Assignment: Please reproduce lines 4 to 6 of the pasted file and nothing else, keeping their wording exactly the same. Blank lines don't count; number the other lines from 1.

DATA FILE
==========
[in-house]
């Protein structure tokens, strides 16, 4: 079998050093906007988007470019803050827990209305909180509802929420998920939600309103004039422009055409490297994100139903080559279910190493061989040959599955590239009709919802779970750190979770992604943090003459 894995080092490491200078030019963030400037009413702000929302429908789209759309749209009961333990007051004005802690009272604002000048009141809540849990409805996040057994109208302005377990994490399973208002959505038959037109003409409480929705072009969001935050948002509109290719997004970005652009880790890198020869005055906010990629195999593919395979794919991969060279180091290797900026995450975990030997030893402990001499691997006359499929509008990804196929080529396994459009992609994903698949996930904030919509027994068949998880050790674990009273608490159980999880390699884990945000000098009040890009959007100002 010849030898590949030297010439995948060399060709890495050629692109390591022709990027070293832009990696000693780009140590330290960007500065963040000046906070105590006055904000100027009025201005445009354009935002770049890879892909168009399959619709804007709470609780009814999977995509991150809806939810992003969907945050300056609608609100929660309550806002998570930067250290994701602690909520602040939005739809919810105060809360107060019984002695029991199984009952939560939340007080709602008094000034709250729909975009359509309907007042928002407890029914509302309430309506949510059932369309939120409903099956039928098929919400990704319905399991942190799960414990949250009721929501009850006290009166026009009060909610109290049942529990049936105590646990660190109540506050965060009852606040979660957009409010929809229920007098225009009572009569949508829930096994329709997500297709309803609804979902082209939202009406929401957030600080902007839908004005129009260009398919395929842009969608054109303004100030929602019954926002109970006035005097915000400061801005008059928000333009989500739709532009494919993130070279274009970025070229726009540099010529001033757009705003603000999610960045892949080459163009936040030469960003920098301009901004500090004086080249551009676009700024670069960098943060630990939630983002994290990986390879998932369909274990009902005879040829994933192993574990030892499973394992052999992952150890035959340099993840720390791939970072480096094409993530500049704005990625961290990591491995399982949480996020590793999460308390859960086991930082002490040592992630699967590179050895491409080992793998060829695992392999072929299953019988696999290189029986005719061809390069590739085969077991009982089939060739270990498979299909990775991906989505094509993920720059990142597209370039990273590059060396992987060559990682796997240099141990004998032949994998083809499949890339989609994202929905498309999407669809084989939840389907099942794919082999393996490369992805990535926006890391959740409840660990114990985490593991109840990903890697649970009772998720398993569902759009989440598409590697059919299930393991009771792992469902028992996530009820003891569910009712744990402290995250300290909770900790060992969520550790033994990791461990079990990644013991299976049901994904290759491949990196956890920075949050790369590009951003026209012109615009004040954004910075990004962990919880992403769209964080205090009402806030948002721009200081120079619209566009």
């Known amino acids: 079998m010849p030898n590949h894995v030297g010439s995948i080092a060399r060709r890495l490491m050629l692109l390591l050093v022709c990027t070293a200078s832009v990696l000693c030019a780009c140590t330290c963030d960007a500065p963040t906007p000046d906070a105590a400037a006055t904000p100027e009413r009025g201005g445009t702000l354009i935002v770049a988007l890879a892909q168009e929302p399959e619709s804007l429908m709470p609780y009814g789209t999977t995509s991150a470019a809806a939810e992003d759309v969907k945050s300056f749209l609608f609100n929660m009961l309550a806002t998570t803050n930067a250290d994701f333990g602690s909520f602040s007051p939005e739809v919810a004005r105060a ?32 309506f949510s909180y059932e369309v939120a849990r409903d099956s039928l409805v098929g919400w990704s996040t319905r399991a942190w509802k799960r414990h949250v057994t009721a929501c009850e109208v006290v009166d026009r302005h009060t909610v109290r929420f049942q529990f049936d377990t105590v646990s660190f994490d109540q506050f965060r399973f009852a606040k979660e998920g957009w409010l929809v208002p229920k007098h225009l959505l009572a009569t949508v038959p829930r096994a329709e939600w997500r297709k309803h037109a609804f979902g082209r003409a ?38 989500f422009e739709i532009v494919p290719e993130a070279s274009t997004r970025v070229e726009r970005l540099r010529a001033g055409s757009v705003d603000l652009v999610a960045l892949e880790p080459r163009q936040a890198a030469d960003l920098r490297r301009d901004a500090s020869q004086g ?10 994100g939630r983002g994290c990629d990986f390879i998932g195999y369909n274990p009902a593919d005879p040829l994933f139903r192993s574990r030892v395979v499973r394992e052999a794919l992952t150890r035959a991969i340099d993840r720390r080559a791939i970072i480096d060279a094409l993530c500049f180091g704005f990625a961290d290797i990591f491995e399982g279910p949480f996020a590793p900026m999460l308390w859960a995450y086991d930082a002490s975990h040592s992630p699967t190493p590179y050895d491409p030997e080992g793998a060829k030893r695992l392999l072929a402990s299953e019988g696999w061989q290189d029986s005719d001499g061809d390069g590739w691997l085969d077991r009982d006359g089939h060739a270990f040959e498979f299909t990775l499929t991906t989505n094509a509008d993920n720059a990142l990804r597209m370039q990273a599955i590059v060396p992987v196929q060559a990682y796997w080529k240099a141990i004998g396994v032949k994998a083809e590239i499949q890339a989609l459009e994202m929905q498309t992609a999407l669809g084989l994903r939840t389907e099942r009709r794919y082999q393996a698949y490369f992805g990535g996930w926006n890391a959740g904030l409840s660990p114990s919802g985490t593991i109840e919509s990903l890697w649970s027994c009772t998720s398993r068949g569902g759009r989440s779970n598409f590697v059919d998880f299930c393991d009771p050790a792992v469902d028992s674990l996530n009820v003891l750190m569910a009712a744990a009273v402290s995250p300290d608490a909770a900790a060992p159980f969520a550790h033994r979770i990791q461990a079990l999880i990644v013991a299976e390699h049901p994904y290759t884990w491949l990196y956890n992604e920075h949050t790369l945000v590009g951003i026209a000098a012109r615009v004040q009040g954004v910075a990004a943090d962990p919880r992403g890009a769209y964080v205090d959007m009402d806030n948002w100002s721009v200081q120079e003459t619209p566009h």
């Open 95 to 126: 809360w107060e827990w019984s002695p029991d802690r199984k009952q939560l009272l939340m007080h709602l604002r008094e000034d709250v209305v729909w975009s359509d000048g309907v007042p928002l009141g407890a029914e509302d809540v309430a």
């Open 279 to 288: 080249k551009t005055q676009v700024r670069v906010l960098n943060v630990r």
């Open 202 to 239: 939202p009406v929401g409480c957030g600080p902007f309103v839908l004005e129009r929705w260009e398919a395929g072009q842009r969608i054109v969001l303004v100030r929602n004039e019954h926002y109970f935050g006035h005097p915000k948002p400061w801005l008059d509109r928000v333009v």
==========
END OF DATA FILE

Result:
């Open 95 to 126: 809360w107060e827990w019984s002695p029991d802690r199984k009952q939560l009272l939340m007080h709602l604002r008094e000034d709250v209305v729909w975009s359509d000048g309907v007042p928002l009141g407890a029914e509302d809540v309430a």
């Open 279 to 288: 080249k551009t005055q676009v700024r670069v906010l960098n943060v630990r």
């Open 202 to 239: 939202p009406v929401g409480c957030g600080p902007f309103v839908l004005e129009r929705w260009e398919a395929g072009q842009r969608i054109v969001l303004v100030r929602n004039e019954h926002y109970f935050g006035h005097p915000k948002p400061w801005l008059d509109r928000v333009v």